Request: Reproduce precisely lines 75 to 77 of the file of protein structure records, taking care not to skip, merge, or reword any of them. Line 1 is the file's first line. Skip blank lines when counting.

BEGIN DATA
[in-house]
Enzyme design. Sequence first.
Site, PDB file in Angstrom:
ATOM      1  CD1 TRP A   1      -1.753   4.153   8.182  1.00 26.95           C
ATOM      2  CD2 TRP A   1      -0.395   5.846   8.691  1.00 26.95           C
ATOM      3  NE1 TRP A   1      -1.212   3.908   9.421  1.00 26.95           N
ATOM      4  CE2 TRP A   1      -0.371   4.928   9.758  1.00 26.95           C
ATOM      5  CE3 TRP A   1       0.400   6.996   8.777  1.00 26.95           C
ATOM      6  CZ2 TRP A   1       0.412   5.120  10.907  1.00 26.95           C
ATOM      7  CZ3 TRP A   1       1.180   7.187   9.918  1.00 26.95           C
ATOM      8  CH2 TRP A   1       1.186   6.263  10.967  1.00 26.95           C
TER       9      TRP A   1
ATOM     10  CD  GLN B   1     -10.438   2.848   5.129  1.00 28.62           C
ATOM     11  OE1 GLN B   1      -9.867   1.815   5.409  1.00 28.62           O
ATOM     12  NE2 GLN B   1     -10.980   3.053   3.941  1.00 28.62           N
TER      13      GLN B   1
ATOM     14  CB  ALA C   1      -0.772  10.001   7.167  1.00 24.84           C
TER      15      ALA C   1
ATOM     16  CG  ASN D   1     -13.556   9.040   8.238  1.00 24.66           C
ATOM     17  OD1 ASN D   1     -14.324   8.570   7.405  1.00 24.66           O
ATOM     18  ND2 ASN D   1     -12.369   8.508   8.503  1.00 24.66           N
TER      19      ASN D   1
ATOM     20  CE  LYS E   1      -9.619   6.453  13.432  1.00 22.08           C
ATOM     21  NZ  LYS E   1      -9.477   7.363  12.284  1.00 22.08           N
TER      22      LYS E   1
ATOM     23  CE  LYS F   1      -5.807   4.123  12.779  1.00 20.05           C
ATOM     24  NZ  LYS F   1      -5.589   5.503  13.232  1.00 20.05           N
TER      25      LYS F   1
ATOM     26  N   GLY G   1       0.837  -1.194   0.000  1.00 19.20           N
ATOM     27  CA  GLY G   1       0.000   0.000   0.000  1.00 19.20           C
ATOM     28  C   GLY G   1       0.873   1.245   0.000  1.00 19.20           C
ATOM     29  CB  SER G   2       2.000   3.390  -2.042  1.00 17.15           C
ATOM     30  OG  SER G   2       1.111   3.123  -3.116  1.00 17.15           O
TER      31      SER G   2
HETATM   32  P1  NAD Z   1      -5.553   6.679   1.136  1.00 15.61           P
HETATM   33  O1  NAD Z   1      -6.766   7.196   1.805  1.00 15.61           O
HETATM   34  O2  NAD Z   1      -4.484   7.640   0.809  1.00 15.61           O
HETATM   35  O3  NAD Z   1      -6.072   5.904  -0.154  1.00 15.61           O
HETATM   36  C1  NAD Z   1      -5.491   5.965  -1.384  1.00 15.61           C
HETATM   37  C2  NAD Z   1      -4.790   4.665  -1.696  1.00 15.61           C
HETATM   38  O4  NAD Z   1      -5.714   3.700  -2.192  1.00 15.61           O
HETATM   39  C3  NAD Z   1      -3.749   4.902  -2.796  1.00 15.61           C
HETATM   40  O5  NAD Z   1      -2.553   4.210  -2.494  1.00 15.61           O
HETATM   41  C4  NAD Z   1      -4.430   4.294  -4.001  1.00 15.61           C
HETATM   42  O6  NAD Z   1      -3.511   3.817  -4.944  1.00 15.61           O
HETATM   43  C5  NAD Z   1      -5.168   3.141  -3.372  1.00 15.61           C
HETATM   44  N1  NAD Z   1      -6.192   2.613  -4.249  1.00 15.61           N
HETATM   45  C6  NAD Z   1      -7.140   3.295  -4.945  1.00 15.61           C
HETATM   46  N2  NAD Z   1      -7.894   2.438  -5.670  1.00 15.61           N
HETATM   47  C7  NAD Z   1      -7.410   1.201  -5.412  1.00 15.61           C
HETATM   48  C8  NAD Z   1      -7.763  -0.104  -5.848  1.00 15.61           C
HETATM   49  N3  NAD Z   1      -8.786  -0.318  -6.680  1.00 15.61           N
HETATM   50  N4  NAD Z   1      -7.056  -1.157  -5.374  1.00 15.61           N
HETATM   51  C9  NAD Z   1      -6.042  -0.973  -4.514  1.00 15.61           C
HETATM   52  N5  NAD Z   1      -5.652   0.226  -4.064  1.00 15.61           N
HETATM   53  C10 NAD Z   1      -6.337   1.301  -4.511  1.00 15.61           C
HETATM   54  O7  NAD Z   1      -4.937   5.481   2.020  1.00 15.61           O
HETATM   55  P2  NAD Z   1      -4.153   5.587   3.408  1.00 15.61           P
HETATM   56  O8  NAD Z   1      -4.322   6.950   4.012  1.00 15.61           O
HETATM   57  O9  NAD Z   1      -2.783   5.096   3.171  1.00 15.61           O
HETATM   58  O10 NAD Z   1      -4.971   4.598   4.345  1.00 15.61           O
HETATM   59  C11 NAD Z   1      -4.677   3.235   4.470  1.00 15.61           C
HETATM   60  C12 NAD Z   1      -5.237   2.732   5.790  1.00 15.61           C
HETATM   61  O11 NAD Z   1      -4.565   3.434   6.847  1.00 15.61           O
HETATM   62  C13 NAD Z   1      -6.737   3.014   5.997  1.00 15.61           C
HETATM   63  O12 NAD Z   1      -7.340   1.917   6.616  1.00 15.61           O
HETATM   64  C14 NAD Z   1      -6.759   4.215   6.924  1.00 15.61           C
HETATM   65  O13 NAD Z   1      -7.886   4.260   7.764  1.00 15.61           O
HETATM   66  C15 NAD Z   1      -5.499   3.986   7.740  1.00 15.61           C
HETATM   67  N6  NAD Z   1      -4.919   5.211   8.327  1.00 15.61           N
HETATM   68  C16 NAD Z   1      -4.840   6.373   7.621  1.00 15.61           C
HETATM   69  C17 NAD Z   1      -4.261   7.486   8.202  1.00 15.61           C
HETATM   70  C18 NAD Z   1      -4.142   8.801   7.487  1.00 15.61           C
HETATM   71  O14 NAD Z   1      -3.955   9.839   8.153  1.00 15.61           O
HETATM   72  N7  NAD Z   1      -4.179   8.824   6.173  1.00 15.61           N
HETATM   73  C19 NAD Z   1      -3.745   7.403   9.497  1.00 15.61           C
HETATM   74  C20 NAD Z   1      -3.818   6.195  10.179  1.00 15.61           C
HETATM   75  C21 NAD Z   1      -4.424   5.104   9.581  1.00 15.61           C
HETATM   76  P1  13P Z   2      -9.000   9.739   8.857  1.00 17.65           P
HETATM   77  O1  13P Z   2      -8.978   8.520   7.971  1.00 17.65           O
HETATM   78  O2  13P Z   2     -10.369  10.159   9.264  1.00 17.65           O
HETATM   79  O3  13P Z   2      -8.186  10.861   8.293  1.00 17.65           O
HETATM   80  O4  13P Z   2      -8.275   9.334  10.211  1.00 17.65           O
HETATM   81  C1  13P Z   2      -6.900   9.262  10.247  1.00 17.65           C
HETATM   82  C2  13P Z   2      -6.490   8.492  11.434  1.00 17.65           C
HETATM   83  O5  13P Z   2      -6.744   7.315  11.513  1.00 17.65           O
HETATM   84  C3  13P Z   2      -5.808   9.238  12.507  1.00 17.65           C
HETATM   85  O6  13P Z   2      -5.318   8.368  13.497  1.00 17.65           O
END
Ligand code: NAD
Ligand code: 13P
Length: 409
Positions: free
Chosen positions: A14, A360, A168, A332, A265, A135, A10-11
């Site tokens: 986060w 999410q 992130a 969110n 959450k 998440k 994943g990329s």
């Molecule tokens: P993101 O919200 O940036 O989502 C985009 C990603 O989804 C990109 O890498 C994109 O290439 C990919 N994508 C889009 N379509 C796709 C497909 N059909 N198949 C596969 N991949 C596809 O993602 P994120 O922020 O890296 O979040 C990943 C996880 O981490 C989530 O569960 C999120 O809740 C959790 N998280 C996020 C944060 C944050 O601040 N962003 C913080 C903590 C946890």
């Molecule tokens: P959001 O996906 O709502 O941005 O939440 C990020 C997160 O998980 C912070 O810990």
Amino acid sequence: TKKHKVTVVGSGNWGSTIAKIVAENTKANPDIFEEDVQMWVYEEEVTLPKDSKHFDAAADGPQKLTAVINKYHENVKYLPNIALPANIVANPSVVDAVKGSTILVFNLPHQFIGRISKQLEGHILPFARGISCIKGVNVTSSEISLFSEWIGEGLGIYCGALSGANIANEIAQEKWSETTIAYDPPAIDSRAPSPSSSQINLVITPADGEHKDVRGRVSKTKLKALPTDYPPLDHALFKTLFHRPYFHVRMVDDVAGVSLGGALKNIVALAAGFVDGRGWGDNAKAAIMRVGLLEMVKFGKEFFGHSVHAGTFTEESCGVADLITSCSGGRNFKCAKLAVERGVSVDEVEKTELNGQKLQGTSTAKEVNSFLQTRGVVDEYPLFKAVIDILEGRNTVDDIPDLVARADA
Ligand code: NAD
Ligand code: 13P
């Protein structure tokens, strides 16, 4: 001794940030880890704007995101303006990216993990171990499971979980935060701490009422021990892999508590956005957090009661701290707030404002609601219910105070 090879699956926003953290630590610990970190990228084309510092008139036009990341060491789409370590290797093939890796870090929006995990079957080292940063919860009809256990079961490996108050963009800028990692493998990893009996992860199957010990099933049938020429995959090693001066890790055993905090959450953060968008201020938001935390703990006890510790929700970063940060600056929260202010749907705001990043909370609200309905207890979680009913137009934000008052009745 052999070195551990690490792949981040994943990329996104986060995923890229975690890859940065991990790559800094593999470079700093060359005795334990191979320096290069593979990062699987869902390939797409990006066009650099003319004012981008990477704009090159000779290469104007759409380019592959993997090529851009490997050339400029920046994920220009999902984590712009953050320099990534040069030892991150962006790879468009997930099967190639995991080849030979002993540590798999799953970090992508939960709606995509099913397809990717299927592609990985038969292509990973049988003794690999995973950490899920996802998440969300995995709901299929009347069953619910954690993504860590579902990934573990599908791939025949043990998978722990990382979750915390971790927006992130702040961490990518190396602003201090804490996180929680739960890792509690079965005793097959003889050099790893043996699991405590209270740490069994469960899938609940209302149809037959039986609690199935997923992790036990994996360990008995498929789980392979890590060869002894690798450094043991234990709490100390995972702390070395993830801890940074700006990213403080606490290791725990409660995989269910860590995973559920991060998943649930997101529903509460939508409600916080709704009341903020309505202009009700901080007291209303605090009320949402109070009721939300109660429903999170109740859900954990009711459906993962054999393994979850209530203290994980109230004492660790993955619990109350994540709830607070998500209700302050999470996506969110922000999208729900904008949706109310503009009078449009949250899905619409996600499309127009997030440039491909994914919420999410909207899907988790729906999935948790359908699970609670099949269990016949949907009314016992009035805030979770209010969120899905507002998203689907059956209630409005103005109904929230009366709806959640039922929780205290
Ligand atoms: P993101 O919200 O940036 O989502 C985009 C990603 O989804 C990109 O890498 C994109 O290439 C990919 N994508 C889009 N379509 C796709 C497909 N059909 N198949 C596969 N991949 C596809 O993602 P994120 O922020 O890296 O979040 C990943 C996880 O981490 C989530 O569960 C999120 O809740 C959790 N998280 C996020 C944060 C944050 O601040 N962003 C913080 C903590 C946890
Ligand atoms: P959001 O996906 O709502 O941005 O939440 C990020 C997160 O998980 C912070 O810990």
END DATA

HETATM   72  N7  NAD Z   1      -4.179   8.824   6.173  1.00 15.61           N
HETATM   73  C19 NAD Z   1      -3.745   7.403   9.497  1.00 15.61           C
HETATM   74  C20 NAD Z   1      -3.818   6.195  10.179  1.00 15.61           C